Best of 08: Gardner and Harrison
The top two at Atari in one of the first interviews since the former Sony president joined the resurgent publisher
One of the biggest announcements of this year was the one that involved Phil Harrison leaving his role as president of Sony Worldwide Studios, where he'd overseen the creation of brands such as SingStar and EyeToy and was keeping a watchful eye on PlayStation Home, to join then ailing Infogrames/Atari - a company that looked like it only had one life left: Alone in the Dark.
But that decision to join David Gardner began to make more sense with talk of reinvigorating the brand and riding the new wave of casual users. Although we've since spoken more to the two top men, Gardner and Harrison, this was one of the first interviews to emerge following Harrison's arrival at the company as they took the first steps toward changing Atari's fortunes.
There are two things going on which I think will help. One is that the Flash technology is getting better all the time, so there is just a rising tide that means in-browser doesn't mean simple 2D any more. You can have 3D really immersive experiences.
Certainly from my analysis, the effect of Moore's Law on Flash games is far faster than the effect of chip evolution on game consoles.
Now, we're starting from a lower basis point on that, but already Flash games are delivering PlayStation 1 to PlayStation 2 levels of quality, but that trend is growing fast. So in-browser doesn't necessarily mean rubbish games forever.
The second thing is for downloads that actually, clicking and buying, or trying and buying, and downloading - you have the rising tide of broadband speeds and the ubiquity of connections in the home.
Both of those we can turn to our advantage.
Well there are always competitor threats, because we can't control the competition. I think the steps that we have to take have to deliver - we don't have a lot of room for mistakes, we're threading the needle a little bit.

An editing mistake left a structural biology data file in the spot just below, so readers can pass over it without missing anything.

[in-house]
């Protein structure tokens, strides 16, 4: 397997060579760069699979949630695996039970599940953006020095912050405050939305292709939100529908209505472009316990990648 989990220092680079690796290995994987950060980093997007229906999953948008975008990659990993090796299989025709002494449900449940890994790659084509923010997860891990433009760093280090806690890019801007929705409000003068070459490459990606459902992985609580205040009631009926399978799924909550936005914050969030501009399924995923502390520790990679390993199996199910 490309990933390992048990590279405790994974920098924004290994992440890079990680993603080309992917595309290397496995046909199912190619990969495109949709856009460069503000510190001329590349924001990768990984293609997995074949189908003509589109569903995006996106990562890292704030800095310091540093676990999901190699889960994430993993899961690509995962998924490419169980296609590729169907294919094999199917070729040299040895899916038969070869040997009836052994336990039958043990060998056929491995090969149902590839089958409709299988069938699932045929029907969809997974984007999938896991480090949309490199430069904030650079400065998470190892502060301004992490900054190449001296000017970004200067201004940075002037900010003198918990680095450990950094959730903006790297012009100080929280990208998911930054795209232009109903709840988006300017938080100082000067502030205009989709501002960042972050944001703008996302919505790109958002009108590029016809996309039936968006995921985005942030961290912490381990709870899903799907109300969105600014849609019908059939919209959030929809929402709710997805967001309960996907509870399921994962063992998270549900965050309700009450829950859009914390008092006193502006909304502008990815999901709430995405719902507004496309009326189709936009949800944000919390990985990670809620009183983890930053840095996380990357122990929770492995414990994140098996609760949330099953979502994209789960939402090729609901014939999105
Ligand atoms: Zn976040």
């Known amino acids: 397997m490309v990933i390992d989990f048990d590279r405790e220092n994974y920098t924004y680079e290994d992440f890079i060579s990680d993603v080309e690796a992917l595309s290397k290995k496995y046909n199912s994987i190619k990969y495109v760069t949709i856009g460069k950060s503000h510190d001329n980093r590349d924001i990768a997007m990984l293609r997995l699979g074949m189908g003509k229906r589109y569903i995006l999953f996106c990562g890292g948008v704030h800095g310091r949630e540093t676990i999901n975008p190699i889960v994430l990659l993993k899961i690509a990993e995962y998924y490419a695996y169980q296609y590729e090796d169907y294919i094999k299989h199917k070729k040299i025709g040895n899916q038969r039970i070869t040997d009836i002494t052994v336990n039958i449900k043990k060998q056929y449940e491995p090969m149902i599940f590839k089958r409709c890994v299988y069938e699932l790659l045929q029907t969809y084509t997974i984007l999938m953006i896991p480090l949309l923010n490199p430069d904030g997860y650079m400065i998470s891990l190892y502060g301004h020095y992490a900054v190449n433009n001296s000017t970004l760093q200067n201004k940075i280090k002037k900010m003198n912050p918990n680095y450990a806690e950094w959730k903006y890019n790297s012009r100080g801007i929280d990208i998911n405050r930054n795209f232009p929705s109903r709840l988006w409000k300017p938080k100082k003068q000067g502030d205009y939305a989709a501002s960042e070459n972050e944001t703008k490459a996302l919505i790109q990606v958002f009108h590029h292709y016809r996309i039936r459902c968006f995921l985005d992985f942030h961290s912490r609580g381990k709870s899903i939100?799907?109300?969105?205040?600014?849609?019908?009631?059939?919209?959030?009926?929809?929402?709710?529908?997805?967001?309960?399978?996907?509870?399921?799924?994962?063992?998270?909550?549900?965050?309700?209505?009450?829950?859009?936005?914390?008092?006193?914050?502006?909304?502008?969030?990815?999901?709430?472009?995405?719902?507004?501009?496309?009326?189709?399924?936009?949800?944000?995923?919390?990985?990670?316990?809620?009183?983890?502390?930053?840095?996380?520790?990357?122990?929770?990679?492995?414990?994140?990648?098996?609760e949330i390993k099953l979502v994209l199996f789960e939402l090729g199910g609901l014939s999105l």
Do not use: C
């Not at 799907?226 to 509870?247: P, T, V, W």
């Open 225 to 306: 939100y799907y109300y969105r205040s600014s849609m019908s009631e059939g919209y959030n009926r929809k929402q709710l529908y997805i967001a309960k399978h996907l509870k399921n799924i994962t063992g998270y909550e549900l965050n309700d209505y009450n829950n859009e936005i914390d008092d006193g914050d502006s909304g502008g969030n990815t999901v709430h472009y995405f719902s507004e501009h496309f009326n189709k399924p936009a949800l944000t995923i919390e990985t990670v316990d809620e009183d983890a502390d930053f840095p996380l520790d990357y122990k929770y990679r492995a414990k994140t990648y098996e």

When you're smaller it's just not as easy to recover when things don't sell.
We don't need to right now. What I really want to do is show the investors that we do what we say, and then we want to outline some more ambitious plans, so that when we do that - and tied to those plans is a business plan that they can believe in - they will invest.
I think we have everything to be proud of about this title. In fact, it was on the Eurogamer forum that I was reading so much fan commentary, and there was a very extensive and actually very complimentary preview. There were pages and pages of very passionate and loyal support from the fans, and, as I well know, the site is pretty opinionated - and there's nothing wrong with that...well, unless you're on the receiving end which I have been on a few occasions...
But the point I'm making is that I think the game is very relevant to the market, and I think will do very, very well. Can we afford as a company to chase that up, to USD 80 million, without downstream revenue? The answer is no.
So can we take that kind of production value and smash it into an online community and social experience? I hope so, but it won't be Alone in the Dark.
Opening physical distribution online, or the equivalent in terms of delivery of games via broadband, isn't necessarily the business we need to be in. We don't own the trucks that take our games from the warehouse to the retailer, and it's a highly commoditised business.
What we would rather do is build a community that other people can then join, and gain community for our products.
We're not proprietary, I don't see any advantage to that - let the customer decide. If it doesn't add value, or doesn't work well...
Yeah, we've known each other since 1992 or 1993
We had a very interesting series of dreams, of discussions, about if we were to create a company, what kind of company would it be, and what direction would it be headed in. We got quite a long way down that path, and then, out of leftfield, this opportunity came along.
When we were evaluating it, we thought about what we would want from a successful company. You'd want people, products, you'd want revenue and cashflow. You'd want some infrastructure, some offices around the world, and it'd be great to have a brand that was a global brand.
And I tell you, that was the hardest thing when I was trying to brainstorm this, when I was trying to come up with a brand that we could use worldwide - every time I came up with a new name for a games company, I'd Google it and find that somebody had already taken it.
So when we were looking at what we'd need to create a successful company, and then we evaluated what Infogrames has, it ticked all the boxes.
We like to think of Infogrames, instead of being the tired, old company, we like to think of it as the best-funded, best-branded, most energetic start-up in the history of computer gaming.
We are absolutely a start-up, we're just a start-up with 25 years of history.
I'd like to consider that, I think that would be the final mark of the transformation from Infogrames to Atari. We have a new board of directors, a new management team that's less than a year old - so yes, it's really continuing.
David Gardner is the CEO and Phil Harrison is the president of Infogrames/Atari. Interview by Rupert Loman. Originally published in April 2008.